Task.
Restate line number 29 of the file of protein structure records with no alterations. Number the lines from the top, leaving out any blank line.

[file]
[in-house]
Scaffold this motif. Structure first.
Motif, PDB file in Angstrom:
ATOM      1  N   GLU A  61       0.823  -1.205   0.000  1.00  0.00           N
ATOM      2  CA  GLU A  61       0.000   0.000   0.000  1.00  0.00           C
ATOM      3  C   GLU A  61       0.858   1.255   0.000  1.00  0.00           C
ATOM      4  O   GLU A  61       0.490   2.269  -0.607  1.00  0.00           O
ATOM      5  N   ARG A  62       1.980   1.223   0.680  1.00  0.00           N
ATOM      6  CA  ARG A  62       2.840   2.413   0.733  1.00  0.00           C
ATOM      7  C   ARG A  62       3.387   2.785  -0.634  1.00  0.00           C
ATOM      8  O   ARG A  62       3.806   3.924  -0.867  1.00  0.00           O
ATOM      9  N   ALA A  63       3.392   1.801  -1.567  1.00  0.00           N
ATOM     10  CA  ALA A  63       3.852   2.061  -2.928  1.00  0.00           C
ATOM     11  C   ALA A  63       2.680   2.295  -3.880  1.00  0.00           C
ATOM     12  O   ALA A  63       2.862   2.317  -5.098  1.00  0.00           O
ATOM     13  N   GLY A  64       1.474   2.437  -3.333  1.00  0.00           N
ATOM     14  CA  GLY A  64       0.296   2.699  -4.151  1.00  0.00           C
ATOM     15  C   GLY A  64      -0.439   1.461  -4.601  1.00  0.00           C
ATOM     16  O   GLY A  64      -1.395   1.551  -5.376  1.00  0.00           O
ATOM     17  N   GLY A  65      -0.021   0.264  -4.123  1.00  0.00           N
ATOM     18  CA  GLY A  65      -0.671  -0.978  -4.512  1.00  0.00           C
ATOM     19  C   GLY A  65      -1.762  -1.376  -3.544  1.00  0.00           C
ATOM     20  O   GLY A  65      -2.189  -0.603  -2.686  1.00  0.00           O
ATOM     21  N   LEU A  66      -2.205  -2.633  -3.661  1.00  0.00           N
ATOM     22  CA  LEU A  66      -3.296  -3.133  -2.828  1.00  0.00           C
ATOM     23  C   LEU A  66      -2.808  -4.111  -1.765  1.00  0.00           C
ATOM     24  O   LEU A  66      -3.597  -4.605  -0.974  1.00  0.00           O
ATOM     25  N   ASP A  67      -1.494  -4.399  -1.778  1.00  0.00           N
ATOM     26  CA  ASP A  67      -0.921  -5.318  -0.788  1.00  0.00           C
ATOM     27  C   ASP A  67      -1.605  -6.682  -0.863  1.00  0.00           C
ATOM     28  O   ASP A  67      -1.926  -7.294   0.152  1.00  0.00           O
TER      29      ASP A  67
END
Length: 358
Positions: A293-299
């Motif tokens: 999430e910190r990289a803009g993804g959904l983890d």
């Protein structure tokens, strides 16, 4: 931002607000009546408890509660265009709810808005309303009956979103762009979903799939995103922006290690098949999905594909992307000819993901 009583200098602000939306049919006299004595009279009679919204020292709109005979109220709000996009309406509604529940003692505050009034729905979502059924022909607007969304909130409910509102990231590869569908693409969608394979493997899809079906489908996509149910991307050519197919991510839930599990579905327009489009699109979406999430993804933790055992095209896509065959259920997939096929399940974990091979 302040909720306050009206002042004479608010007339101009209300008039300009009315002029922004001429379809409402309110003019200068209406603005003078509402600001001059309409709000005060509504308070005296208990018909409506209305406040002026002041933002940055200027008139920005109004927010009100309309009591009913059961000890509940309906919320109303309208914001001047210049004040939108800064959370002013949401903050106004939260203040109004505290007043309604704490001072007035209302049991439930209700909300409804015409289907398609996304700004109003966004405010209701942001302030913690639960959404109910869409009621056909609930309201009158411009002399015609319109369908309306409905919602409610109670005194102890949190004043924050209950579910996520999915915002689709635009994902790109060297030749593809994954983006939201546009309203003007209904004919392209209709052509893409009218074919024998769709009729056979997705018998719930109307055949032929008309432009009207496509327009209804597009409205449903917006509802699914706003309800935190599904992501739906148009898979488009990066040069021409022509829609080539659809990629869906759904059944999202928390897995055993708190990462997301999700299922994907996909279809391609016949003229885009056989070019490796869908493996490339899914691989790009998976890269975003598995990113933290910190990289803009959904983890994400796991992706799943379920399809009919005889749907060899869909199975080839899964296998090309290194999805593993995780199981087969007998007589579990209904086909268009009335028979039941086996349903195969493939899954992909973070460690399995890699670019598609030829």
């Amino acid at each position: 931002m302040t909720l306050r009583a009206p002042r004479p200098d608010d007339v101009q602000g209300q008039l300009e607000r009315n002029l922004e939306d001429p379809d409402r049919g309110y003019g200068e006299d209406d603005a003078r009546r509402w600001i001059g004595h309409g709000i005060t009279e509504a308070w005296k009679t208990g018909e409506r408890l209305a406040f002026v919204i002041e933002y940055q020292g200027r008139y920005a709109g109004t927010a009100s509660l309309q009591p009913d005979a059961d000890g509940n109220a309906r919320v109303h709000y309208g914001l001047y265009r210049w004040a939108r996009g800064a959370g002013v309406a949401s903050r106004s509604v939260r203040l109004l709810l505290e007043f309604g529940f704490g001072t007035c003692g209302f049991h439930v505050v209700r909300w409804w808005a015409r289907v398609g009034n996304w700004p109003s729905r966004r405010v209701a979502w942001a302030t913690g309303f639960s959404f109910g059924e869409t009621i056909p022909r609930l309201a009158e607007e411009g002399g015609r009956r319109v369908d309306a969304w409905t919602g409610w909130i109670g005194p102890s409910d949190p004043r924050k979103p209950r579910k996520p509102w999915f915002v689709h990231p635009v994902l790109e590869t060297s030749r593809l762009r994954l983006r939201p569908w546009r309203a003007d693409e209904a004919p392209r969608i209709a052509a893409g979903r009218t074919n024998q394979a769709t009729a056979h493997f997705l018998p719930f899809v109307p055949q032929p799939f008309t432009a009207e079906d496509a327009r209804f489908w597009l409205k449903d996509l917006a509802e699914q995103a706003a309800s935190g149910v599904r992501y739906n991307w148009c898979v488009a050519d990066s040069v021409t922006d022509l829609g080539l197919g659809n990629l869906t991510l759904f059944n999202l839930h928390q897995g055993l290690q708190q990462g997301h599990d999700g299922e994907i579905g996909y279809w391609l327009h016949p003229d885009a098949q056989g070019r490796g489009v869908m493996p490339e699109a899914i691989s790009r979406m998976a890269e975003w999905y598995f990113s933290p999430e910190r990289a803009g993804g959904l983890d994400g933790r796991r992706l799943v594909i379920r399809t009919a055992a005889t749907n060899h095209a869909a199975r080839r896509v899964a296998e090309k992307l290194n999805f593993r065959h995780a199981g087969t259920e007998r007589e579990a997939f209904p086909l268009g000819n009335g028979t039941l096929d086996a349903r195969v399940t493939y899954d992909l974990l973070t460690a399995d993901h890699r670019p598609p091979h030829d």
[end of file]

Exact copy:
ATOM     26  CA  ASP A  67      -0.921  -5.318  -0.788  1.00  0.00           C